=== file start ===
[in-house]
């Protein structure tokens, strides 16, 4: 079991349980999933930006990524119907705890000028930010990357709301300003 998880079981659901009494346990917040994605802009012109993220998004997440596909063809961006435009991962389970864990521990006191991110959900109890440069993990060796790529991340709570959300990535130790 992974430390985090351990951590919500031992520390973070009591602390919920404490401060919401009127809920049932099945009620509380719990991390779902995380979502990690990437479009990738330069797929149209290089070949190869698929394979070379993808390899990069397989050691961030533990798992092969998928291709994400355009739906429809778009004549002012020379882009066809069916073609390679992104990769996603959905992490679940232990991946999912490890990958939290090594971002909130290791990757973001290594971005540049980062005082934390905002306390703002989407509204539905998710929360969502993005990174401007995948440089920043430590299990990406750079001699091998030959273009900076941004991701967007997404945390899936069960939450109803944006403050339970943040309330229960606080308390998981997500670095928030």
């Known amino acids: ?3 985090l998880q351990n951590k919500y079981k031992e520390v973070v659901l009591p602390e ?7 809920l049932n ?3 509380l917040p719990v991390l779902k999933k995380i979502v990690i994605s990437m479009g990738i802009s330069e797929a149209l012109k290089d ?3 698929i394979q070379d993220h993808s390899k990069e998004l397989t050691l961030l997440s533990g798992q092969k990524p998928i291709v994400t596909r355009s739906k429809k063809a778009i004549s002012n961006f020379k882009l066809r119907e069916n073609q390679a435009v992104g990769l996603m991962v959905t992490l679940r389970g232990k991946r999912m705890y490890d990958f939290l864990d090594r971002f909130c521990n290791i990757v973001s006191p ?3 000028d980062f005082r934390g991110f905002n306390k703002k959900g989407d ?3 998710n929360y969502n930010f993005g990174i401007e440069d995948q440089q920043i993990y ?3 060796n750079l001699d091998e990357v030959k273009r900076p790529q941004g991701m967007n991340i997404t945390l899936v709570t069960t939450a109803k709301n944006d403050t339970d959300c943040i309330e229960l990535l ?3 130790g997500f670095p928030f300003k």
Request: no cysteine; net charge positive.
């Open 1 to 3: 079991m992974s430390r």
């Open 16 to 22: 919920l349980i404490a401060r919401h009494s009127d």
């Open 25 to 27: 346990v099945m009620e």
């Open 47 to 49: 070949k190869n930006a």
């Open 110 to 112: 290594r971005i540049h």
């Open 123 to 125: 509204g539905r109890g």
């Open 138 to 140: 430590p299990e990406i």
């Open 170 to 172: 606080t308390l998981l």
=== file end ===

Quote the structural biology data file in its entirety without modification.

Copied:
[in-house]
């Protein structure tokens, strides 16, 4: 079991349980999933930006990524119907705890000028930010990357709301300003 998880079981659901009494346990917040994605802009012109993220998004997440596909063809961006435009991962389970864990521990006191991110959900109890440069993990060796790529991340709570959300990535130790 992974430390985090351990951590919500031992520390973070009591602390919920404490401060919401009127809920049932099945009620509380719990991390779902995380979502990690990437479009990738330069797929149209290089070949190869698929394979070379993808390899990069397989050691961030533990798992092969998928291709994400355009739906429809778009004549002012020379882009066809069916073609390679992104990769996603959905992490679940232990991946999912490890990958939290090594971002909130290791990757973001290594971005540049980062005082934390905002306390703002989407509204539905998710929360969502993005990174401007995948440089920043430590299990990406750079001699091998030959273009900076941004991701967007997404945390899936069960939450109803944006403050339970943040309330229960606080308390998981997500670095928030």
């Known amino acids: ?3 985090l998880q351990n951590k919500y079981k031992e520390v973070v659901l009591p602390e ?7 809920l049932n ?3 509380l917040p719990v991390l779902k999933k995380i979502v990690i994605s990437m479009g990738i802009s330069e797929a149209l012109k290089d ?3 698929i394979q070379d993220h993808s390899k990069e998004l397989t050691l961030l997440s533990g798992q092969k990524p998928i291709v994400t596909r355009s739906k429809k063809a778009i004549s002012n961006f020379k882009l066809r119907e069916n073609q390679a435009v992104g990769l996603m991962v959905t992490l679940r389970g232990k991946r999912m705890y490890d990958f939290l864990d090594r971002f909130c521990n290791i990757v973001s006191p ?3 000028d980062f005082r934390g991110f905002n306390k703002k959900g989407d ?3 998710n929360y969502n930010f993005g990174i401007e440069d995948q440089q920043i993990y ?3 060796n750079l001699d091998e990357v030959k273009r900076p790529q941004g991701m967007n991340i997404t945390l899936v709570t069960t939450a109803k709301n944006d403050t339970d959300c943040i309330e229960l990535l ?3 130790g997500f670095p928030f300003k």
Request: no cysteine; net charge positive.
């Open 1 to 3: 079991m992974s430390r």
């Open 16 to 22: 919920l349980i404490a401060r919401h009494s009127d």
């Open 25 to 27: 346990v099945m009620e």
């Open 47 to 49: 070949k190869n930006a």
């Open 110 to 112: 290594r971005i540049h």
């Open 123 to 125: 509204g539905r109890g």
């Open 138 to 140: 430590p299990e990406i």
């Open 170 to 172: 606080t308390l998981l």